West Vanguard Blowout
According to Norwegian Petroleum Directorate records, Statoil's well 6407/6-2 was spudded by the Smedvig West Vanguard on 04 October 1985. The 36" top hole had been drilled down to 323m MDBRT with the 30" conductor set at 318m MDBRT. The blow-out preventer (BOP) had not yet been installed.
At around 2050 hours on the night of 06 October 1985 while drilling the upper Pliocene sediments of the 26" section, a drilling break was observed between 505-508m MDBRT with an ROP increase from 40m/hr to 712m/hr. Drilling was stopped at 523m MDBRT and the bit was pulled back 15m, after which the well began flowing and unsuccessful attempts were made to kill the well by pumping killmud. The bit had entered a shallow gas pocket at around 504m causing the well to blow out. A MAYDAY was sent from the rig at about 2310 and picked up by the Norwegian rescue center at Sola, which directed rescue ships and helicopters to the crew's aid.
With no BOP used for the top hole section, the flow of gas had been directed through the diverter system. This system was unable to contain the flow and the liberated gas exploded at around 2320 hours, engulfing the rig in a fireball. The one fatality is assumed to have resulted from this explosion, although reports indicate the victim's remains were never found. The rest of the crew were able to evacuate the rig in a matter of minutes using the fore lifeboats. The rig's deck structure, two of its legs and the engine room were damaged in the blast, resulting in the rig listing by 10 degrees.
By the following day, the fire had burnt out but gas continued to leak out of the well and bubble up to the side of the listing, fire-damaged hulk. Reporters flying over the rig noted a large hole in one of the rig's legs, extensive fire damage and a fallen crane.
After the accident, the rig was towed to Freifjorden near Kristiansund, Norway and investigated by Norwegian police and SINTEF (a Norwegian industrial research institute). The investigation revealed that gas initially leaked from the gasket between the riser and the slip-joint, forming a gas cloud on the cellar deck level which migrated into the shaker house via a poorly closed valve and travelled through an exhaust pipe, across the upper deck and into other rooms via air ducts before igniting. To quote the SINTEF report: 'Doors and hatches in and around the drilling module on the upper deck were knocked open in a pattern that gave indications of the course of explosions.'. The subsequent failure of the diverter system was attributed to the extreme flow of gas, drilling mud and sand, which eroded holes in pipe bends of the diverter system. Spurts of sand against the metal of the rig were suggested as one of the possible ignition sources of the gas cloud.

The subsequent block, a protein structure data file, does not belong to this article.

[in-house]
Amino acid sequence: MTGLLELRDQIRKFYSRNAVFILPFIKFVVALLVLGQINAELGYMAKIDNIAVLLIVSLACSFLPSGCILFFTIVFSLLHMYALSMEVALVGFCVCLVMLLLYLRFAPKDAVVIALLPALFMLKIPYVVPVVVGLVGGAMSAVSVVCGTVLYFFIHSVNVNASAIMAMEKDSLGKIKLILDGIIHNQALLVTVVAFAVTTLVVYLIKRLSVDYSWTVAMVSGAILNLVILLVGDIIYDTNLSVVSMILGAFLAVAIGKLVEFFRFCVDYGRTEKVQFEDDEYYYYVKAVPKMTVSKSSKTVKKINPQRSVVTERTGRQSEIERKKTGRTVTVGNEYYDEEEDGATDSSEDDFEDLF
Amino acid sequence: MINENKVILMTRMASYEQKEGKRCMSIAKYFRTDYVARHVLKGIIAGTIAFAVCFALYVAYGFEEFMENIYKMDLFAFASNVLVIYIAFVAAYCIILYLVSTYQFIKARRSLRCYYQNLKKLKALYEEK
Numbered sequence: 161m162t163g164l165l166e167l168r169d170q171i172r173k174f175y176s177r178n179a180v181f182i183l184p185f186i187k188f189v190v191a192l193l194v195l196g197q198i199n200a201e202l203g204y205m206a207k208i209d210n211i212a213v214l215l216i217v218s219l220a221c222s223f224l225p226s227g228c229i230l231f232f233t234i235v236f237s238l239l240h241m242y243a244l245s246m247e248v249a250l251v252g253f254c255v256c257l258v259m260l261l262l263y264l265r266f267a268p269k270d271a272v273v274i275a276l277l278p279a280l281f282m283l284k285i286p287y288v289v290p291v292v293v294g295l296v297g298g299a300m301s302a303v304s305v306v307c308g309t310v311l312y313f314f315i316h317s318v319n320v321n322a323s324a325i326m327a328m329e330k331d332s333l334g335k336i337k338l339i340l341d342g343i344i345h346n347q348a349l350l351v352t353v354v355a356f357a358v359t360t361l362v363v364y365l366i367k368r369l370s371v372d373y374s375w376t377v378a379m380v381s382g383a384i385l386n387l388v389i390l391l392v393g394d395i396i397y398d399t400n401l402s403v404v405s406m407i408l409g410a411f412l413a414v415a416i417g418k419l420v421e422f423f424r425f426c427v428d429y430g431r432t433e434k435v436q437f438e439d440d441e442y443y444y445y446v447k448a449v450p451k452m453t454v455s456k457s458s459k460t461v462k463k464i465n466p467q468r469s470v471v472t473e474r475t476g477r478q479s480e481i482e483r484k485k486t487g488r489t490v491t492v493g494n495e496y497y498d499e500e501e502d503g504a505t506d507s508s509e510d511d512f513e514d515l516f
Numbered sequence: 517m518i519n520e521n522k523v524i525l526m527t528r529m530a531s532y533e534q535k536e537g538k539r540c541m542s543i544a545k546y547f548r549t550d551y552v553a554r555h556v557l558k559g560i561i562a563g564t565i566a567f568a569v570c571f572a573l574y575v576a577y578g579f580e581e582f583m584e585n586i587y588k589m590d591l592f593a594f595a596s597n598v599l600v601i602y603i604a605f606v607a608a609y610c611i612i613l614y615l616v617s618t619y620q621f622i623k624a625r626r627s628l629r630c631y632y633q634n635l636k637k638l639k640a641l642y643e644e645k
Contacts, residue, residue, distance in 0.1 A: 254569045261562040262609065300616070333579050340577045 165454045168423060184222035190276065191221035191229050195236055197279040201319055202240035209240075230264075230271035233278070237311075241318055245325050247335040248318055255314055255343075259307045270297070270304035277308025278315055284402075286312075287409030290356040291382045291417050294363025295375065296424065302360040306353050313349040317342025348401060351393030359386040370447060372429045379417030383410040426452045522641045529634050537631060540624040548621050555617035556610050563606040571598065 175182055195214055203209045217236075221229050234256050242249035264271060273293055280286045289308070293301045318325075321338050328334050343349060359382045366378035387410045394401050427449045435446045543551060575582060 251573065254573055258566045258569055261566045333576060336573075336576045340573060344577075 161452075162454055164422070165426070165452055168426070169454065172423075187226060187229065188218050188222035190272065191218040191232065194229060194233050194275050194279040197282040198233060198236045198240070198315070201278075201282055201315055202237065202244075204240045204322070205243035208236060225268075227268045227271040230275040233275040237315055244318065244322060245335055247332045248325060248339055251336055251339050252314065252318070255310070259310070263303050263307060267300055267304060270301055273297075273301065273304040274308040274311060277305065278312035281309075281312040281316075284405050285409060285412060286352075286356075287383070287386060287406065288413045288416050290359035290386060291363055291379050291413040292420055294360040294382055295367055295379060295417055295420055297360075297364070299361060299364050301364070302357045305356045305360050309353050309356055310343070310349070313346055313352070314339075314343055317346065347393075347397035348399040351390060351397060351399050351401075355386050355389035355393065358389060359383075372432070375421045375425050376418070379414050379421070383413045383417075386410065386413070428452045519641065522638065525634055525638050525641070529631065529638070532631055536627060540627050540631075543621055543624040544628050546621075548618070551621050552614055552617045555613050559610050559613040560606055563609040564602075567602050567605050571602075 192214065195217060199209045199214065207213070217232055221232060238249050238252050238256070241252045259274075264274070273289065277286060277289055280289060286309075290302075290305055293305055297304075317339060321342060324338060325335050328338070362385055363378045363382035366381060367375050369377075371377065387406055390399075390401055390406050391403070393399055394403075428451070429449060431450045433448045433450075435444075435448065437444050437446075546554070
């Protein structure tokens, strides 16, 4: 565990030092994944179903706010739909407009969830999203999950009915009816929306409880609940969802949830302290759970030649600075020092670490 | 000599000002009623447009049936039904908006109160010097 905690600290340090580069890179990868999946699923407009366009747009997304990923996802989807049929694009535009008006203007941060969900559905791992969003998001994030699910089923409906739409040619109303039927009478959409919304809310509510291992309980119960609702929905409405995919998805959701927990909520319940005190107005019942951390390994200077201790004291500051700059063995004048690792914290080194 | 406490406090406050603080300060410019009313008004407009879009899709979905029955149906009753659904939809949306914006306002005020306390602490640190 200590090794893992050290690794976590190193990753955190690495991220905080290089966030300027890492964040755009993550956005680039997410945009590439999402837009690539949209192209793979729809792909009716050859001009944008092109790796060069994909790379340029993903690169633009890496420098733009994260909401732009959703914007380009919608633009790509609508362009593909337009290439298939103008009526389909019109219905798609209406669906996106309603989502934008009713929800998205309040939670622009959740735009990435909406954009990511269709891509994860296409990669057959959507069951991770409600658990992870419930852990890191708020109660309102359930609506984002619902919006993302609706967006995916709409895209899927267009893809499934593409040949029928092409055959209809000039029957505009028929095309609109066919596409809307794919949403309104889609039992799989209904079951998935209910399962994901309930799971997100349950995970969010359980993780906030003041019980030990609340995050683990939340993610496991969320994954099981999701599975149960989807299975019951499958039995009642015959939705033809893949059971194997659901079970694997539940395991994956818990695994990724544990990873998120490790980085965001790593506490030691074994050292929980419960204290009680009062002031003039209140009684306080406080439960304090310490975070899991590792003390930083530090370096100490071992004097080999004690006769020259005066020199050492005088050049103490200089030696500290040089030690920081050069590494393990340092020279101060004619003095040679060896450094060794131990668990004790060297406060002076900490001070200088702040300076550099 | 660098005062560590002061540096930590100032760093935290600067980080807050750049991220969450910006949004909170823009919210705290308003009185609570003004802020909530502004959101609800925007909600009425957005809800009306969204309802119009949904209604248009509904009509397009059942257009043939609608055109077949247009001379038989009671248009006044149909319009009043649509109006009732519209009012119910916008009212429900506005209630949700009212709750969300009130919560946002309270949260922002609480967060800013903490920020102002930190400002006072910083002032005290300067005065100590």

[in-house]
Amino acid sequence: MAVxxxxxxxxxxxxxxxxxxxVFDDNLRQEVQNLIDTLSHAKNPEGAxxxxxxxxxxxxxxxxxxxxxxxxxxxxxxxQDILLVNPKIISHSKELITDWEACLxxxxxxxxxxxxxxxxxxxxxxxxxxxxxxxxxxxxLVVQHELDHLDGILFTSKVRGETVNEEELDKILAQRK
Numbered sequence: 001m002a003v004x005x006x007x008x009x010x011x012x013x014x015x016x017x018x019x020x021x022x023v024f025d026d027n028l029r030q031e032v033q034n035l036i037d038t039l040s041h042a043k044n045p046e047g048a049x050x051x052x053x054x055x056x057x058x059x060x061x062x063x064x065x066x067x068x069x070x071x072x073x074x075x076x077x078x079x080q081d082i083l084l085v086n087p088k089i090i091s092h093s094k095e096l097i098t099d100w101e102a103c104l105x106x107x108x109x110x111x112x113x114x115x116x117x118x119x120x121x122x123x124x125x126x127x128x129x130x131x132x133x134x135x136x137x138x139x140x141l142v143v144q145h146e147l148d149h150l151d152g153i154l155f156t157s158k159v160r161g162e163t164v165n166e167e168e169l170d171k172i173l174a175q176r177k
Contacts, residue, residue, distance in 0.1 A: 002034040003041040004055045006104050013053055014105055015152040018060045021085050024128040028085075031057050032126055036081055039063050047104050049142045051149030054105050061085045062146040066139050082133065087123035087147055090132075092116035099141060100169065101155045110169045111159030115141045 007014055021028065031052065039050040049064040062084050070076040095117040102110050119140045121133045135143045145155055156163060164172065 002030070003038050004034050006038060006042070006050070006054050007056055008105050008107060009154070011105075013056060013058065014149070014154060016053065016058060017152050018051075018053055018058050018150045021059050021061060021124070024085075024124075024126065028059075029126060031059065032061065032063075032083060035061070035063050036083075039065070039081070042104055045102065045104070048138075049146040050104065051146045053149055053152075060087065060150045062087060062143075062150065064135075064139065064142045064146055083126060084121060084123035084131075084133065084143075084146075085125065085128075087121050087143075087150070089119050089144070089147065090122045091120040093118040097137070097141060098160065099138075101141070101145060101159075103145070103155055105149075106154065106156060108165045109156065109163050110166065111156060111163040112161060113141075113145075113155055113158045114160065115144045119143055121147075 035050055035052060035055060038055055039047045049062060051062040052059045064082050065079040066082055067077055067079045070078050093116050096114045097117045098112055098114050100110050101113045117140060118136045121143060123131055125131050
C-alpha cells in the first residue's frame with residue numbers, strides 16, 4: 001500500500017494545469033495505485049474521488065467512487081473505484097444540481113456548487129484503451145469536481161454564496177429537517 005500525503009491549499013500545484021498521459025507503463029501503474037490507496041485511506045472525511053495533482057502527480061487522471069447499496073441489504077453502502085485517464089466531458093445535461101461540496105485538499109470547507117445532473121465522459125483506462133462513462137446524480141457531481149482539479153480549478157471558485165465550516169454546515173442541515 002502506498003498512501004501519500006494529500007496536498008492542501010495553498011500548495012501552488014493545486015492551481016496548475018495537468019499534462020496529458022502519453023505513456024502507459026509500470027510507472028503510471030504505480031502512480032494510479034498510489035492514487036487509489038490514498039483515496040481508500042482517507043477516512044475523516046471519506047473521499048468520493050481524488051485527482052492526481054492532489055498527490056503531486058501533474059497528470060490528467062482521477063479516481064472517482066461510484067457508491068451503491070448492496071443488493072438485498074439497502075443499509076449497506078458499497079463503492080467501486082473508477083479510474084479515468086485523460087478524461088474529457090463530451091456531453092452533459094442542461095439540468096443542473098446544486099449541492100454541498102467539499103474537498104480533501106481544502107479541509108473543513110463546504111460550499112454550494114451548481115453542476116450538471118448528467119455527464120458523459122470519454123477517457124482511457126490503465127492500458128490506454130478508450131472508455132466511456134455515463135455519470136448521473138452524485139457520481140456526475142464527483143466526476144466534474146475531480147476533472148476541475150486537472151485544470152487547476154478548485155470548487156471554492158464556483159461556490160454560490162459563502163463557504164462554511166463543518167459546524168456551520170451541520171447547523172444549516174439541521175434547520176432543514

The rig was restored, returned to work and subsequently sold by Smedvig to Diamond Offshore Drilling Ltd. for US$ 68.5 million in December 2002. The rig was then renamed Ocean Vanguard, to fall in line with Diamond's rig naming policy.
After the blowout, Bergen Underwater Services (BUS) were contracted to locate the Vanguard's eight anchors, which had been cut and discarded to allow the Vanguard to be moved away from the gas blowout. BUS then deployed an underwater ROV from the M/V Arctic Surveyor to find the anchors. During the search, the ROV operator found a crashed World War II Heinkel He 115 on the seabed, which had been based at Trondheim, Norway during the Second World War. The plane had been cut in to two by the movement of one of the Vanguard's anchors. The full story of the Heinkel can be read at the NUAV Norway During WWII website.